Dr. Hughes testified that the surgery went fine, and that about 10 to 15 minutes before Dr. Wallace finished suturing the skin and applying a dressing, he, defendant, cut off the flow of anectine for the purpose of getting Mr. Hastings to begin breathing on his own. When Dr. Wallace finished and left the operating room, plaintiff was put into the care of defendant. Dr. Hughes testified that plaintiff was still face down, so he and a group of nurses and orderlies turned plaintiff over and laid him on a recovery room stretcher; that he then removed the tape binding the plastic airway and endotracheal tube together, and disconnected the gas machine, because plaintiff was breathing well; and that he aspirated plaintiff's mouth and throat and removed the endotracheal tube. Defendant testified further that he then listened closely to plaintiff's breathing for 30 to 60 seconds for the purpose of making sure that there was no obstruction in his air passage, and that it was clear; that while he was listening and before plaintiff was removed to the recovery room, Mr. Hastings suddenly bit down hard on the plastic airway still in his mouth and throat, breaking into pieces one tooth and cracking another; and that it happened so quickly that he could do nothing to stop it.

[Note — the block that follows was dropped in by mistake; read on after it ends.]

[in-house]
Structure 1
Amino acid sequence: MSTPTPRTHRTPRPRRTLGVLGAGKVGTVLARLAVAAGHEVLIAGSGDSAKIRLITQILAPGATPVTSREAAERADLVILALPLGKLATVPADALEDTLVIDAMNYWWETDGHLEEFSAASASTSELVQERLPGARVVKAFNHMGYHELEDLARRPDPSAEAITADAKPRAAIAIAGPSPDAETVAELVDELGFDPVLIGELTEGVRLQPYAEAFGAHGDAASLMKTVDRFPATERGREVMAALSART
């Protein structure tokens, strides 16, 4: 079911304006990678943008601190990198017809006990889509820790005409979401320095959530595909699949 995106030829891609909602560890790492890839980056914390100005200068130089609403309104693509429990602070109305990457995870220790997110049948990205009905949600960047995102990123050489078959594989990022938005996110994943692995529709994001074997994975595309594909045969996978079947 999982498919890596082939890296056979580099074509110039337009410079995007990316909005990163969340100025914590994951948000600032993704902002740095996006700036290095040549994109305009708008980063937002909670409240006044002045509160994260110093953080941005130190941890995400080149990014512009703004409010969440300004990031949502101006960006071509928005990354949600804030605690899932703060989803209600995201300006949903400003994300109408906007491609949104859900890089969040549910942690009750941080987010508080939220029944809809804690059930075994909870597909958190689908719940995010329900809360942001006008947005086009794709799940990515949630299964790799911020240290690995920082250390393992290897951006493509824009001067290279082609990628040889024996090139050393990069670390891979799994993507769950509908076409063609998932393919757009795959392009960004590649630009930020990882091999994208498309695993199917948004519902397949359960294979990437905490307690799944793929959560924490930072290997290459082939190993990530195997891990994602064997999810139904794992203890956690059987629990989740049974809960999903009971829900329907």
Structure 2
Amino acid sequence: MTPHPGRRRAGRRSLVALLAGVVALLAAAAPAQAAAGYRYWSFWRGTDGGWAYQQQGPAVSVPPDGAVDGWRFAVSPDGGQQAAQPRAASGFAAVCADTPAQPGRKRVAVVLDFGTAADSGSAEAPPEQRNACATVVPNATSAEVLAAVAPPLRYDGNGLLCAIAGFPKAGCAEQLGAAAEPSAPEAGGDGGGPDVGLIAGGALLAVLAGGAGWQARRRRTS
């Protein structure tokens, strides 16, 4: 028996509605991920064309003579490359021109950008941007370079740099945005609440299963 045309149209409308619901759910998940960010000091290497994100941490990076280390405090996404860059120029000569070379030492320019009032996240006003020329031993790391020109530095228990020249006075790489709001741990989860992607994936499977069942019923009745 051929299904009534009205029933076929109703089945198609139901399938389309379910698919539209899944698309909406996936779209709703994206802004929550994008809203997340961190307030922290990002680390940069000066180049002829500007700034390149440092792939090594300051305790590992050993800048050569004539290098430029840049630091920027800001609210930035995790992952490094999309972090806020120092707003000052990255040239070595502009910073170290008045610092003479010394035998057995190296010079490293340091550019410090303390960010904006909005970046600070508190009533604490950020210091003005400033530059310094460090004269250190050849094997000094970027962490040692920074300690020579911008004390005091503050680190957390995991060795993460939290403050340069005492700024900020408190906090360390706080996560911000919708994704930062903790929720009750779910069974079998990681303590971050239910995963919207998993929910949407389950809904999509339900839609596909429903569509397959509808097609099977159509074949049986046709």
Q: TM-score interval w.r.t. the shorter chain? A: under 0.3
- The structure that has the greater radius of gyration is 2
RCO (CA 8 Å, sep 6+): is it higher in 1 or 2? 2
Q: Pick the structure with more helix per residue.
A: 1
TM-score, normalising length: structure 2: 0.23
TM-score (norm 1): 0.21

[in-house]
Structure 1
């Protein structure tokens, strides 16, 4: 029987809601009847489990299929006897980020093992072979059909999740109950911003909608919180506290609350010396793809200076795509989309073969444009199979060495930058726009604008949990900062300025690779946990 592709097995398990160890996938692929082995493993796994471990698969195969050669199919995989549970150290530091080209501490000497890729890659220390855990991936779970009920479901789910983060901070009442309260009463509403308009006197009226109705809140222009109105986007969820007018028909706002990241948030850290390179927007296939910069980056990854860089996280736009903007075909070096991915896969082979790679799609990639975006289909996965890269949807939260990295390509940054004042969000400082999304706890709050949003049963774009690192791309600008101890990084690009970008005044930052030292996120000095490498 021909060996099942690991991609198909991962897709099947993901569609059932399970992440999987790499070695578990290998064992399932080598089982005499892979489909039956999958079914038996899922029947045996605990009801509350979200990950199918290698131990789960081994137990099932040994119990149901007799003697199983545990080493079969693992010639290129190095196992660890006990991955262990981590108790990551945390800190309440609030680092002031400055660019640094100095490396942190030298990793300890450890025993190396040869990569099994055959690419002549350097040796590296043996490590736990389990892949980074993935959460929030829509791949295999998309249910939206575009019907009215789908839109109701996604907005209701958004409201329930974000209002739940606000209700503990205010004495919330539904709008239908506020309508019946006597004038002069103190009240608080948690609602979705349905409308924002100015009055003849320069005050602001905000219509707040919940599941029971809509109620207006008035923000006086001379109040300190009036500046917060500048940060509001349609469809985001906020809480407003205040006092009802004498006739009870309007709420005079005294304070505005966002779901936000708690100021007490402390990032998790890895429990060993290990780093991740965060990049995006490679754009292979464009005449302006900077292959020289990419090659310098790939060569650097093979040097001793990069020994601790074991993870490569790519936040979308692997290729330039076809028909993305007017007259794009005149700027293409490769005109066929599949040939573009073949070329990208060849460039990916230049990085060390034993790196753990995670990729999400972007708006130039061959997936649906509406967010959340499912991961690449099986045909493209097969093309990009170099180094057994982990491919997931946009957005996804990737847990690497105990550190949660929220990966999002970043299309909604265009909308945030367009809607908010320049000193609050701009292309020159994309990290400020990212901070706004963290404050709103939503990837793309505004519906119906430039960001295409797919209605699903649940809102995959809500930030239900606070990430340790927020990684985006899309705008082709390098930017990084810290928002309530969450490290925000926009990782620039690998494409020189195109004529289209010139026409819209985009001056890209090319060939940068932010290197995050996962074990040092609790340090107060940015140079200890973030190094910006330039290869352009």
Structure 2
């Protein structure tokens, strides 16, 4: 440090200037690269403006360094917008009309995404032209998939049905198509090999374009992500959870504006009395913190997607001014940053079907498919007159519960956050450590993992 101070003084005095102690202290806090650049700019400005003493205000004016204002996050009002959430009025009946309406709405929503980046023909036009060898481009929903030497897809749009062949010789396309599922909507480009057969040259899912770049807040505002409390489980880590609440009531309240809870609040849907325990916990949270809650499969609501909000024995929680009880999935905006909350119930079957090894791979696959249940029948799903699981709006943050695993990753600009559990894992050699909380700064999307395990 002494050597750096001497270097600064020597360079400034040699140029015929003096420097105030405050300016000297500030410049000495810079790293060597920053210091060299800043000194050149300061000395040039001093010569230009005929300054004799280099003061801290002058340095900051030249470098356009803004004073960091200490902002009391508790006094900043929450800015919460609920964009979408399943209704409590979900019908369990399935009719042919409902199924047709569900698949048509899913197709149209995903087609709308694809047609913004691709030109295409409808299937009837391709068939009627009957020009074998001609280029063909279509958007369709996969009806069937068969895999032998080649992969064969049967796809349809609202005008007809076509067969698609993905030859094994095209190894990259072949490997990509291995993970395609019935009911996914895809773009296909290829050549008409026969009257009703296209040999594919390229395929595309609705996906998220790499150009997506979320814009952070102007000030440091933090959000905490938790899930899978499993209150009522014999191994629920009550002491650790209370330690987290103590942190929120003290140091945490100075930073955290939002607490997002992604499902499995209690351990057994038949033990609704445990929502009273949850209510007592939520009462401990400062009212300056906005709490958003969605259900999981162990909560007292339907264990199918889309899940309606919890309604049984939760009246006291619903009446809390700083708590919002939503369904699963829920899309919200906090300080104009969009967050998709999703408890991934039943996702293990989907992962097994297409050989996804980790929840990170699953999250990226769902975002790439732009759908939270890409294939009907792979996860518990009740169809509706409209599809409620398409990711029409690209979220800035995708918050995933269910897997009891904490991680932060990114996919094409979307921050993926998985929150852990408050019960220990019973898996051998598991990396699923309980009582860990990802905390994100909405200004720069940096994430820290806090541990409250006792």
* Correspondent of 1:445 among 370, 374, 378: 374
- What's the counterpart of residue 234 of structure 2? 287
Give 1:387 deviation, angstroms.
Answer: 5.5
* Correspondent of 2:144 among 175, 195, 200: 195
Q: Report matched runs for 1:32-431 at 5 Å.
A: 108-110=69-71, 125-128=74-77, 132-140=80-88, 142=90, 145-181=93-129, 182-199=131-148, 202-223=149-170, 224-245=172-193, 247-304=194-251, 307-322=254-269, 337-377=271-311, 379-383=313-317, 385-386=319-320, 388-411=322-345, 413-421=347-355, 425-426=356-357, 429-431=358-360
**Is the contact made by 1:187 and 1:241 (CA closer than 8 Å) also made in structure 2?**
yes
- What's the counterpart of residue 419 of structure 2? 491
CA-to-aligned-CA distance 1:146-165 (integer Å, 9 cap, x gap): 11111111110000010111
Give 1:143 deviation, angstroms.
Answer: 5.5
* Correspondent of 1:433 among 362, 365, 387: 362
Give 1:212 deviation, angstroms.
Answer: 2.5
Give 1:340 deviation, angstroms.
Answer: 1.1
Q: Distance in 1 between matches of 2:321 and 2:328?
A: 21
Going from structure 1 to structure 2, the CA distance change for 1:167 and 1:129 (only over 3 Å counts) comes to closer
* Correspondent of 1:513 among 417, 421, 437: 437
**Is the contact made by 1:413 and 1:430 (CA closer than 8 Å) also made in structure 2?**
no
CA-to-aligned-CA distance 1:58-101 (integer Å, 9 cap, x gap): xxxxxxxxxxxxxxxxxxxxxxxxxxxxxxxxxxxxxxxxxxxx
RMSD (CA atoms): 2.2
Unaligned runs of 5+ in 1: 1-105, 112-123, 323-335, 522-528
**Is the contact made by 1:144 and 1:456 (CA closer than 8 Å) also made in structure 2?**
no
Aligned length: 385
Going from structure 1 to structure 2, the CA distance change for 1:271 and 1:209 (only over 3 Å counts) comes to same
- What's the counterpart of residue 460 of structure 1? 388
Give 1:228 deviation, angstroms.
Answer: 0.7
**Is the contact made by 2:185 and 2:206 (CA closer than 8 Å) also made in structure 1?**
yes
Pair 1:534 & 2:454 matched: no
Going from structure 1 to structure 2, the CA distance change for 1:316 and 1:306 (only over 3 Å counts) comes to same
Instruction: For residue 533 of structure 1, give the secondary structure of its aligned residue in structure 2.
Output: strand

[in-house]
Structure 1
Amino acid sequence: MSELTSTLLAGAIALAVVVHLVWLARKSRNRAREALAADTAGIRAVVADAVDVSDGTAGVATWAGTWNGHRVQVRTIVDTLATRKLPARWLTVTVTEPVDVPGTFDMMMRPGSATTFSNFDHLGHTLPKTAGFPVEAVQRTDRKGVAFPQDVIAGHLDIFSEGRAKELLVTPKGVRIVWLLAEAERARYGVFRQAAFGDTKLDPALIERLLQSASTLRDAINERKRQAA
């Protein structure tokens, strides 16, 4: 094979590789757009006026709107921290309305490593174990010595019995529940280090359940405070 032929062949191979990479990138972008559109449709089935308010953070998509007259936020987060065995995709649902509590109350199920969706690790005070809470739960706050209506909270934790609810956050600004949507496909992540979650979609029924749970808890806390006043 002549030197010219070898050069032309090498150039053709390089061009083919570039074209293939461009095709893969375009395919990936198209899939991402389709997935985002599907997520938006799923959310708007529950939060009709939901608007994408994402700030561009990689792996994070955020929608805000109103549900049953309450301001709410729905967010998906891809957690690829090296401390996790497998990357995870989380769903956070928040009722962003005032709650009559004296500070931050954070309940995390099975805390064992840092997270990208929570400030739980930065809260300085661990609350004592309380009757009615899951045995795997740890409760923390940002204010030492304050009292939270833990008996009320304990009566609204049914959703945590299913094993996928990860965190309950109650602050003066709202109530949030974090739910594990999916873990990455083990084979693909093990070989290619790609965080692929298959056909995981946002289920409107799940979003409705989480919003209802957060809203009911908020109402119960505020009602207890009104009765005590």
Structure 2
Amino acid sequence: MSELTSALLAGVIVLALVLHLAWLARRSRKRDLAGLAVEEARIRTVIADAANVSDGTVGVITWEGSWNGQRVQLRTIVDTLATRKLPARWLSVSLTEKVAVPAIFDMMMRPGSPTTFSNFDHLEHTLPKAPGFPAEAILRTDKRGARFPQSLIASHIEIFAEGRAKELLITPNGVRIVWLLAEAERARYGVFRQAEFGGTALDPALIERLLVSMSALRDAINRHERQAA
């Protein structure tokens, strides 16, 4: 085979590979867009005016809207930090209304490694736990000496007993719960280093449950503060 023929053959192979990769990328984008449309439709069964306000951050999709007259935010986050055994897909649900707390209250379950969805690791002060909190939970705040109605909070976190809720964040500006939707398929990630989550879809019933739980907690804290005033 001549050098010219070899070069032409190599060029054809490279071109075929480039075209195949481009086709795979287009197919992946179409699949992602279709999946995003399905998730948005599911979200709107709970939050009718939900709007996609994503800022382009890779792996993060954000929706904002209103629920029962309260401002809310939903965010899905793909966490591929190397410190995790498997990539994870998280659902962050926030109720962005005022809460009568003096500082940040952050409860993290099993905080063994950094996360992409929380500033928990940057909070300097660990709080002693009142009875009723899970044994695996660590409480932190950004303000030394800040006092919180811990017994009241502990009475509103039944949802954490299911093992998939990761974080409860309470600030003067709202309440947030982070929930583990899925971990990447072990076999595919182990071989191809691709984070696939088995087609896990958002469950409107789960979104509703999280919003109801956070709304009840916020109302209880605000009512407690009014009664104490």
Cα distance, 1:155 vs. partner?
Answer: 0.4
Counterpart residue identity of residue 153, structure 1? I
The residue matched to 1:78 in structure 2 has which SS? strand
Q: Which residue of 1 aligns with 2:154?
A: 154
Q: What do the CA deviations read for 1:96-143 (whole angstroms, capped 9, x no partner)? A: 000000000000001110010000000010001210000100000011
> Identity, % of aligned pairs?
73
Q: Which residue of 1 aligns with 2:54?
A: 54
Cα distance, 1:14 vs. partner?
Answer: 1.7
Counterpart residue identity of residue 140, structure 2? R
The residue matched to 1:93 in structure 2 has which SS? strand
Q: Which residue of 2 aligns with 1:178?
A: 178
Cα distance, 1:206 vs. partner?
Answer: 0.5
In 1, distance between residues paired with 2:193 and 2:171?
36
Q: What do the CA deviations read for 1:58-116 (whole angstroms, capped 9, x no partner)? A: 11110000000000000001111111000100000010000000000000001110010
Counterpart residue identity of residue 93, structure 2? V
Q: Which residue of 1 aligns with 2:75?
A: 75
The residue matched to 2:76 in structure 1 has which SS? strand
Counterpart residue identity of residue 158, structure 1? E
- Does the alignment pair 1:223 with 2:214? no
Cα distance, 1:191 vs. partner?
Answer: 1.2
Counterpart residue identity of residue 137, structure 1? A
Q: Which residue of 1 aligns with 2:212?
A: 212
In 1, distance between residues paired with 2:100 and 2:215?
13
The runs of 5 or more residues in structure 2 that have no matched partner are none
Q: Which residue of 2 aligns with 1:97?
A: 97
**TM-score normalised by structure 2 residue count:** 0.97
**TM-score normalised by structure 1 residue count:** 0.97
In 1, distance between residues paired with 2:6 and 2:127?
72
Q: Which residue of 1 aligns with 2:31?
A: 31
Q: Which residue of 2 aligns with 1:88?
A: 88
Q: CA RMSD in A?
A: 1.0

"The first thing you do when you go to sleep is relax, and the first thing you do when you wake up is clamp down on the muscles of the body. Mr. Hastings just that quick (snapping fingers) just bit down on this airway, and before I could do anything, the tooth just disintegrated and went into pieces. I took the pieces of tooth out."

Dr. Hughes explained that the plastic airway was kept in plaintiff's mouth and throat because plaintiff, although breathing on his own, was still unconscious; that it was imperative that plaintiff's tongue be kept up and away from his air passage; and that this procedure was standard. In fact, defendant testified that ordinarily an airway was left in a patient's mouth until the patient either spit it out or gagged on it, because either of those occurrences was an assurance that the patient was awake and *382 in control of his breathing. Defendant explained further that he was with plaintiff when the accident occurred; that he inspected plaintiff's mouth and removed all tooth fragments; that he noted on plaintiff's chart that a tooth had been broken as a result of plaintiff biting the airway due to a reaction of the masseter muscles in the jaw.